The most irritating of the many irritating boxes of words that Facebook shoves in your face are the ones with headings like “Top TV in the UWO Network”. Even if I still attended the University of Western Ontario, it would not enrich my day to be told that everybody else there was watching “Grey’s Anatomy”; this sort of thing just pollutes the river. So: Greasemonkey to the rescue! Here’s a script that finds these blocks, deletes their contents, and gives them a random background image from your collection. It identifies them by looking for images of the Facebook favicon.

To use this, you’ll have to create a few 419x108px jpgs, name them sequentially from 1.jpg on up, and put them on a web server. No, you can’t use mine, they’re personal. Then create a Greasemonkey script that applies to “http://*” and paste this code into it (sorry about the smart quotes, you’ll have to fix those):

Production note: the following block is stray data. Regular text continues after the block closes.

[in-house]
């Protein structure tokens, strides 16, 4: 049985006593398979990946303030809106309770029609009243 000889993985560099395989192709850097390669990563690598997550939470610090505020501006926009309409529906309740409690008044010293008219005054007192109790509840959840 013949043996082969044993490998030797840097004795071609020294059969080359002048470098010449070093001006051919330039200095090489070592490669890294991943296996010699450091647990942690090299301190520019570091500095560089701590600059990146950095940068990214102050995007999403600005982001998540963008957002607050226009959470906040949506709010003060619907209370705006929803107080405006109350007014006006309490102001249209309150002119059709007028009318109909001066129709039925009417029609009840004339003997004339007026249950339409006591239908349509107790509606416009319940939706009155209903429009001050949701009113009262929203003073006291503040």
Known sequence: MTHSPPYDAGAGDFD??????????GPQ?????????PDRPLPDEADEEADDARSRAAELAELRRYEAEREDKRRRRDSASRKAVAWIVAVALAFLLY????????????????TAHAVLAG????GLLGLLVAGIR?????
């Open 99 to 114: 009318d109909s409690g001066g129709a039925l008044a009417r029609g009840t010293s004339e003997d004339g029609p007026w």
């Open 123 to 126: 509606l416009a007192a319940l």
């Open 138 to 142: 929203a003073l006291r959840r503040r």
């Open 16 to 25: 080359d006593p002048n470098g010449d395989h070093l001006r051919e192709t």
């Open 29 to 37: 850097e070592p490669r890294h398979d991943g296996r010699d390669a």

var maxBackgrounds = 8;
var backgroundURL = "http://yoursite/backgrounds/";
var imgs = document.getElementsByTagName("img");
for (var i=0; i < imgs.length; i++) {
	if (imgs[i].getAttribute("src").indexOf("") >= 0) {
		var thisDiv = imgs[i].parentNode.parentNode.parentNode; = "url(" + backgroundURL + 
			Math.ceil(maxBackgrounds*Math.random()) + ".jpg)";
		while (thisDiv.childNodes[0]) {
		} = "100px";

Edit the “maxBackgrounds” variable to contain the highest number in your image collection. Now when you call up Facebook, you’ll see images you’ve chosen instead of plastic pseudo-information from your networks.

Or, if you prefer, just replace the bit with'none' and the boxes will disappear entirely.

Either way there is enormous satisfaction in asserting control over a little bit of your digital landscape. And it’s fun cropping interesting little horizontal snippets out of your vacation photos. No doubt Facebook will change its code eventually and reclaim those pixels in the name of inanity, but we will not cease from mental strife.